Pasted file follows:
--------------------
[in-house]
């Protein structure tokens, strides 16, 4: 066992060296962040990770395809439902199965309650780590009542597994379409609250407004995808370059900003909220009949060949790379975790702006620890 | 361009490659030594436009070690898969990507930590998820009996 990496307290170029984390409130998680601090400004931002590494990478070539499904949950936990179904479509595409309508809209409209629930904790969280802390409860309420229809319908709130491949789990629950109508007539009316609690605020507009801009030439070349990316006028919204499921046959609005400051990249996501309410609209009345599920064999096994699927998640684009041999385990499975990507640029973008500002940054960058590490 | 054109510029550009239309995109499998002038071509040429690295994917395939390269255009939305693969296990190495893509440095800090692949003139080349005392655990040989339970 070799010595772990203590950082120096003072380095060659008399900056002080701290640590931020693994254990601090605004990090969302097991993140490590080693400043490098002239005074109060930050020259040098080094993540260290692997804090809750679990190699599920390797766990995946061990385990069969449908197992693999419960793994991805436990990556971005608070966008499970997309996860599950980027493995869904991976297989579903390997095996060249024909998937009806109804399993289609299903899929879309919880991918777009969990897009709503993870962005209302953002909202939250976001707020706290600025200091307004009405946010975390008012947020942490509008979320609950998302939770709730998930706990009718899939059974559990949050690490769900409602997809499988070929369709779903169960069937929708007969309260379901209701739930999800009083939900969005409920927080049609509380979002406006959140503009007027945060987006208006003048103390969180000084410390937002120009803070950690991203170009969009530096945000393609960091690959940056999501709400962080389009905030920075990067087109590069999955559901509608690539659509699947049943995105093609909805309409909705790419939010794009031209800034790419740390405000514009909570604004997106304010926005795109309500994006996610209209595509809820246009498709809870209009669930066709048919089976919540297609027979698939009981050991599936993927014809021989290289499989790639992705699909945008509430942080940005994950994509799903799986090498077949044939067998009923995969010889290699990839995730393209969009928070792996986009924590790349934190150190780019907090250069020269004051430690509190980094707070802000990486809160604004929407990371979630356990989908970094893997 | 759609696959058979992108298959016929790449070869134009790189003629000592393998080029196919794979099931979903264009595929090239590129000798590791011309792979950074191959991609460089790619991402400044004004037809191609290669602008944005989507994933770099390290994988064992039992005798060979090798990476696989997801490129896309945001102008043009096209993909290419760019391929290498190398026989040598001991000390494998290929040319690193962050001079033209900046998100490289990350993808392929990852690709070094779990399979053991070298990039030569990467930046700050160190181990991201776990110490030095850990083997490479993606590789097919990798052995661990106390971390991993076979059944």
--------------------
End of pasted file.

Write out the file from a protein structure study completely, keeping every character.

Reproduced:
[in-house]
């Protein structure tokens, strides 16, 4: 066992060296962040990770395809439902199965309650780590009542597994379409609250407004995808370059900003909220009949060949790379975790702006620890 | 361009490659030594436009070690898969990507930590998820009996 990496307290170029984390409130998680601090400004931002590494990478070539499904949950936990179904479509595409309508809209409209629930904790969280802390409860309420229809319908709130491949789990629950109508007539009316609690605020507009801009030439070349990316006028919204499921046959609005400051990249996501309410609209009345599920064999096994699927998640684009041999385990499975990507640029973008500002940054960058590490 | 054109510029550009239309995109499998002038071509040429690295994917395939390269255009939305693969296990190495893509440095800090692949003139080349005392655990040989339970 070799010595772990203590950082120096003072380095060659008399900056002080701290640590931020693994254990601090605004990090969302097991993140490590080693400043490098002239005074109060930050020259040098080094993540260290692997804090809750679990190699599920390797766990995946061990385990069969449908197992693999419960793994991805436990990556971005608070966008499970997309996860599950980027493995869904991976297989579903390997095996060249024909998937009806109804399993289609299903899929879309919880991918777009969990897009709503993870962005209302953002909202939250976001707020706290600025200091307004009405946010975390008012947020942490509008979320609950998302939770709730998930706990009718899939059974559990949050690490769900409602997809499988070929369709779903169960069937929708007969309260379901209701739930999800009083939900969005409920927080049609509380979002406006959140503009007027945060987006208006003048103390969180000084410390937002120009803070950690991203170009969009530096945000393609960091690959940056999501709400962080389009905030920075990067087109590069999955559901509608690539659509699947049943995105093609909805309409909705790419939010794009031209800034790419740390405000514009909570604004997106304010926005795109309500994006996610209209595509809820246009498709809870209009669930066709048919089976919540297609027979698939009981050991599936993927014809021989290289499989790639992705699909945008509430942080940005994950994509799903799986090498077949044939067998009923995969010889290699990839995730393209969009928070792996986009924590790349934190150190780019907090250069020269004051430690509190980094707070802000990486809160604004929407990371979630356990989908970094893997 | 759609696959058979992108298959016929790449070869134009790189003629000592393998080029196919794979099931979903264009595929090239590129000798590791011309792979950074191959991609460089790619991402400044004004037809191609290669602008944005989507994933770099390290994988064992039992005798060979090798990476696989997801490129896309945001102008043009096209993909290419760019391929290498190398026989040598001991000390494998290929040319690193962050001079033209900046998100490289990350993808392929990852690709070094779990399979053991070298990039030569990467930046700050160190181990991201776990110490030095850990083997490479993606590789097919990798052995661990106390971390991993076979059944």